At this point you have the option of either doing your months clockwise or anticlockwise and consideration needs to be given to where to put January.

In my phenology wheel I placed January on the top left, and I laid out my months anticlockwise all the way around.

The reason I did it this way is because I am aligning it to the Pagan Wheel of the Year where the very top point is December 22nd, the beginning of Yule, which would be mainly be in January.

It doesn’t really matter which way you do it, but have some reason about why you’re doing it the way you are.

You can either have the months going clockwise or anticlockwise.

You can start your year at any point that makes sense to you.

Coloring the Months

As I am a keen follower of new age practices, I wanted to align my months not only with the Wheel of the Year, but also with the zodiac signs.

I used assorted Tombow markers for this part.

In this case April will be red (Aries), August will be yellow (Leo), and December will be blue (Sagittarius).

These are the three primary colours from which you can hang the colour wheel.

The secondary colors will be June as orange, October as green and February as violet.

My full month colours in order are as follows:

 

  • January is purple
  • February is violet
  • March is magenta
  • April is red
  • May is tangerine
  • June is orange
  • July is apricot
  • August is yellow
  • September is chartreuse (lime green)
  • October is green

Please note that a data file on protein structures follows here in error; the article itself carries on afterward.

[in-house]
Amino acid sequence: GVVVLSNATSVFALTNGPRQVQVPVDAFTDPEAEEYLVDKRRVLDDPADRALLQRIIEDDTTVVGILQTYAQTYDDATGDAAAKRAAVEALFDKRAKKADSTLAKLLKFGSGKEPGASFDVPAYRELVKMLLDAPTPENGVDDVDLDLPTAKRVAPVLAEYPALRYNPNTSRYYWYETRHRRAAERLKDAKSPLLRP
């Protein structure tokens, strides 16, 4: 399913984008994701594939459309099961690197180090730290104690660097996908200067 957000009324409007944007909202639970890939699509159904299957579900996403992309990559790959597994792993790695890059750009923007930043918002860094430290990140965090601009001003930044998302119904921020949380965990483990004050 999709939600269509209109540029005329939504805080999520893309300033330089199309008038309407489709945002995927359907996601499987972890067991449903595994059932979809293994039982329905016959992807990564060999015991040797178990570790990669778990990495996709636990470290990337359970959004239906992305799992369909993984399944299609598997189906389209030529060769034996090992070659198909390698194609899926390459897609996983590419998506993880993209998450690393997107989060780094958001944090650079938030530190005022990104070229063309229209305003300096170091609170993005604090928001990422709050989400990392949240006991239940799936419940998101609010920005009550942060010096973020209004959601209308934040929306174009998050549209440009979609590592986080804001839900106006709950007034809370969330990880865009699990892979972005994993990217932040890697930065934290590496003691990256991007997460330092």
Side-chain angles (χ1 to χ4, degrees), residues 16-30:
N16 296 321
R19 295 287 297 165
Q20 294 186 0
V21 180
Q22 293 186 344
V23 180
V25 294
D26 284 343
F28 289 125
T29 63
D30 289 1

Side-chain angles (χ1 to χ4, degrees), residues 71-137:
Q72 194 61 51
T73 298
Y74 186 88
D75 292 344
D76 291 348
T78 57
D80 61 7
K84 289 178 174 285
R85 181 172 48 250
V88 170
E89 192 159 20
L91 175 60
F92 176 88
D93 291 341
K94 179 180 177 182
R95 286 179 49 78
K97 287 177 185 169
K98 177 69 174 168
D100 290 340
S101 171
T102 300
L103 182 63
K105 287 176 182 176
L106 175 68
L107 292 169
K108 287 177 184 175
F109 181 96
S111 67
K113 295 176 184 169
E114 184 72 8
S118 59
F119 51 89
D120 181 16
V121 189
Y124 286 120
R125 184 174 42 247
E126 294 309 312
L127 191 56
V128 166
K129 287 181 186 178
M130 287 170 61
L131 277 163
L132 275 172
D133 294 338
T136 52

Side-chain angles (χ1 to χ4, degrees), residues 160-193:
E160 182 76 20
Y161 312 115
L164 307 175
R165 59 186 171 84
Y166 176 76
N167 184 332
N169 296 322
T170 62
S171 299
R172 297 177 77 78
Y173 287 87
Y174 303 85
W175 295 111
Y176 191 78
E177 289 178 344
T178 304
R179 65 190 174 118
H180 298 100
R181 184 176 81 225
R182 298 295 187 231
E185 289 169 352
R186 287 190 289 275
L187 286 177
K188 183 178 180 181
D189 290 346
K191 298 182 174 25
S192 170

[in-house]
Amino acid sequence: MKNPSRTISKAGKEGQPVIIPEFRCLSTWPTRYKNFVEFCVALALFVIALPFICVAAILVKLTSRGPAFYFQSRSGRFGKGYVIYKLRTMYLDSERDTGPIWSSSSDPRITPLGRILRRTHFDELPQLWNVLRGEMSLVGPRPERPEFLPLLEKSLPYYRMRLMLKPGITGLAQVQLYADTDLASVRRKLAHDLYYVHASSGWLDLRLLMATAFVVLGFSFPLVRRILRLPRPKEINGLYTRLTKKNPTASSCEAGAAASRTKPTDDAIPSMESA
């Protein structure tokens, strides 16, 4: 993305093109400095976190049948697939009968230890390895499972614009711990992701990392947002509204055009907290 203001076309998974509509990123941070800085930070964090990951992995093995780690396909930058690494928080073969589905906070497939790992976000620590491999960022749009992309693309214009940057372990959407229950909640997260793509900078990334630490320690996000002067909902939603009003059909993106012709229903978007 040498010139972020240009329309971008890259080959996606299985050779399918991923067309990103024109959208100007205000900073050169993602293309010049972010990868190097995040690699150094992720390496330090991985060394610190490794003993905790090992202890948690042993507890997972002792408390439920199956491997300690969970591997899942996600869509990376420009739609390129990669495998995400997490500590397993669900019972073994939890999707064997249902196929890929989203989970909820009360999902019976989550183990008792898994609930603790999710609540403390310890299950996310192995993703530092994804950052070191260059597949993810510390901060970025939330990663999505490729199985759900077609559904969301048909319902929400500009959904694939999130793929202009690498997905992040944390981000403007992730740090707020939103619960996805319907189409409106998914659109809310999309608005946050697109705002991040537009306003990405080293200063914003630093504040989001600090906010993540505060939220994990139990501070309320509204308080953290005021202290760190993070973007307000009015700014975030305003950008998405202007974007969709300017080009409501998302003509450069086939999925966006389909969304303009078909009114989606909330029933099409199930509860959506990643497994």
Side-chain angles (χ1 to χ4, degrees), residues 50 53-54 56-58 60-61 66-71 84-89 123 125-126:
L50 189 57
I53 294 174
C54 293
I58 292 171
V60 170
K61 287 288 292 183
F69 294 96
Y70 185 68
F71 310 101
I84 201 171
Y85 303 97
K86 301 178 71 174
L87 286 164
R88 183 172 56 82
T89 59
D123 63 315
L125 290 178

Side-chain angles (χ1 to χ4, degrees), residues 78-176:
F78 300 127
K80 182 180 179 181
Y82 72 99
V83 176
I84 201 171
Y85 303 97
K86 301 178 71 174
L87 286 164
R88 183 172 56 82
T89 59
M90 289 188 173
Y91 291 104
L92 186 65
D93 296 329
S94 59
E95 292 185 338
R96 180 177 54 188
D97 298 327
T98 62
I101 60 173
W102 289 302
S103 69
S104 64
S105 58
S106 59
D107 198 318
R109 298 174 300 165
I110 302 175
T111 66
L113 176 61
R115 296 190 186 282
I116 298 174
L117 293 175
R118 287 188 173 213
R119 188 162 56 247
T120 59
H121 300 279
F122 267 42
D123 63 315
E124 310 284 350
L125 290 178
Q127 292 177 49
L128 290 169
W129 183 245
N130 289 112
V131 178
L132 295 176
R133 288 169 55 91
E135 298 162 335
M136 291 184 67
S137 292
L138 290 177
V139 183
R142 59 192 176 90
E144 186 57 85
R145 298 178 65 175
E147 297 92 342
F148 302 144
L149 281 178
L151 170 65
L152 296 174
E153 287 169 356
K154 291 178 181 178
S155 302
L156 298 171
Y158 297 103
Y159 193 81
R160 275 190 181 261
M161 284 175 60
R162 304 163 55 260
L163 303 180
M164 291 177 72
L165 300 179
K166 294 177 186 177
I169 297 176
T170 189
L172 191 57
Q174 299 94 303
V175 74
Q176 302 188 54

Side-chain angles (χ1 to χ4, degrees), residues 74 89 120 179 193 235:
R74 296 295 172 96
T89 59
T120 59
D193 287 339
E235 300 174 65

• November is turquoise
  • December is blue

Inner Circle

The small inner 2cm radius circle is where I plan to note the high and low temperatures I experienced in my city each month.

Phenomenal Phenology Wheel Monthly Progress

We are more than halfway through August as I start my phenology wheel.

I may or may not be able to get the August diagram in there, but I’m hoping that I shall and when I do, I’ll post the image below here.

My phenology wheel is an ongoing project that I can add to each month.

As I complete the months I will take a photo and post it below so you can see how much I got finished is my phenology wheel.

Phenomenal Phenology

I’m calling it Phenomenal Phenology because I can and I think it’s a great title for my phenology wheel.

I plan to frame my phenology wheel when it is completed and hang it up in my art studio.

As I’ve said often before, I do believe that every artwork you do should be good enough to frame and it ought be hanging on your wall.

style="display:block; text-align:center;" data-ad-layout="in-article" data-ad-format="fluid" data-ad-client="ca-pub-4471307604888511" data-ad-slot="7787961343">

Why I’m Doing Phenology

I want to explain to you why I’ve started looking at phenology.

This year I have really tried to work on art as self-care.